These authors and others note that known pairs of neutron stars exist in our galaxy, including one within about 1,500 light-years. This knowledge has led to the speculation that in the past the Earth has found itself uncomfortably close to a violent neutron star merger. Some estimates hold that one occurs within about 3,000 light-years of the sun every 100 million years on average. Intriguingly, this timescale is roughly the same as the time between mass extinctions in our planet's geological record.


Learn to love the burst
One shouldn't worry too much, though. For one thing, mass extinctions in the past might have been the result of purely terrestrial phenomena, such as climatic changes produced by plate tectonics and volcanic activity, or of more familiar kinds of cosmic disasters, like the asteroid impact thought to have caused the dinosaur extinction at the end of the Cretaceous Period. For another, even if the aforementioned scenarios turned out to be true, we would still have, statistically speaking, about 50 million years until the next gamma-ray burst of doom.

Which gives us time to get to know bursters better. Our understanding of them constantly changes as new findings are reported. For instance, recent afterglow studies have indicated that a burst's energy is beamed in a particular direction rather than radiating in all directions from the source, substantially reducing the burster's total energy requirement.


Hypernova This image shows M101, a nearby spiral galaxy, which bears two candidates for possible hypernovae—hypothesized explosions of high-mass stars that release perhaps ten times the energy of conventional supernovae.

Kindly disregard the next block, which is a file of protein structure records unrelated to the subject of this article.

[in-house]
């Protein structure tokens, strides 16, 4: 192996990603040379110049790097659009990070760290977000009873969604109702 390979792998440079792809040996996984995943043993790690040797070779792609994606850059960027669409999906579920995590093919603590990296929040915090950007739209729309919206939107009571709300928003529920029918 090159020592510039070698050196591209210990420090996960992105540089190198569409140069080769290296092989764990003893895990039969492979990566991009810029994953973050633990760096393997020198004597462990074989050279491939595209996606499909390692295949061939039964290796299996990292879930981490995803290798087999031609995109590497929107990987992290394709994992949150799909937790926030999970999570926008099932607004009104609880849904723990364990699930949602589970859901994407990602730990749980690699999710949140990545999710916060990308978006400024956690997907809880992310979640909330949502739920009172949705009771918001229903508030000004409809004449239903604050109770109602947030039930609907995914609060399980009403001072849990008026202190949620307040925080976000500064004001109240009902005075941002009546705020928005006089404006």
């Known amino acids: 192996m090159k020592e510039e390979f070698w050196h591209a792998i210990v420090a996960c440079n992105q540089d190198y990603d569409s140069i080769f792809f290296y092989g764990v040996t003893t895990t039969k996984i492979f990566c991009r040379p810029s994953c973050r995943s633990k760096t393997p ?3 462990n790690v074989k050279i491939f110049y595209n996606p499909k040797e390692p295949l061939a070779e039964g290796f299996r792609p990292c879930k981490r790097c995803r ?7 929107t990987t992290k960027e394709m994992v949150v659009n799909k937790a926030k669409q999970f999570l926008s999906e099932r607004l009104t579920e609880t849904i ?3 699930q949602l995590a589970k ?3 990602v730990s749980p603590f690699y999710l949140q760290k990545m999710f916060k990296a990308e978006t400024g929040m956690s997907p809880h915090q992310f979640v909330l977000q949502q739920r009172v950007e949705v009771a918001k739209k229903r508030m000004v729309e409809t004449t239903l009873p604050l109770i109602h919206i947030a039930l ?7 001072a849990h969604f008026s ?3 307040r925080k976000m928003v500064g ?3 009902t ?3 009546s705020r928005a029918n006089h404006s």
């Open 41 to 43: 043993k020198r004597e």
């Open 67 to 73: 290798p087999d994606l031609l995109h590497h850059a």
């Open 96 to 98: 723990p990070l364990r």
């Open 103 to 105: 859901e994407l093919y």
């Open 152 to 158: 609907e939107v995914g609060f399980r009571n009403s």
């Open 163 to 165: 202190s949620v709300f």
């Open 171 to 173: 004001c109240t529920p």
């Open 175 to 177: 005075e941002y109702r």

Moreover, even after three decades of study, the true nature of gamma-ray bursts remains unknown. Many astrophysicists have taken a shine to a new theory, which for the moment has eclipsed the neutron-star-merger scenario in popularity. Evidence is mounting that at least some bursters are more likely associated with star-forming regions than with binary neutron stars. Theoretical models now in vogue indicate that gamma-ray bursts result from "hypernovae"—the collapse of the cores of extremely short-lived massive stars into black holes.

Another theory actually paints gamma-ray bursts in a positive light. University College Dublin researchers Brian McBreen and Lorraine Hanlon recently estimated the effects of a nearby gamma-ray burst on the preplanetary solar nebula, the cloud of condensing star stuff that formed our solar system some 4.5 billion years ago. They calculated that iron in the nebula would have been the major absorber of the high-energy X-rays and gamma rays from such a burst, causing the nebula's dust to become molten in seconds and then cooling slowly to form millimeter-sized chondrules, round granules of cosmic origin. Chondrules, they note, combined to form meteorites and possibly the rocky terrestrial planets, including Earth.

So, you see, despite the gloom-and-doom scenario I painted above, perhaps we should call them bursts of life.



Dr. Jerry Bonnell
Dr. Jerry Bonnell is an astrophysicist at Goddard Space Flight Center's Laboratory for High-Energy Astrophysics in Greenbelt, Maryland. Fame and fortune dog his every step as he studies gamma-ray bursts and co-edits the Astronomy Picture of the Day Web site (http://apod.gsfc.nasa.gov).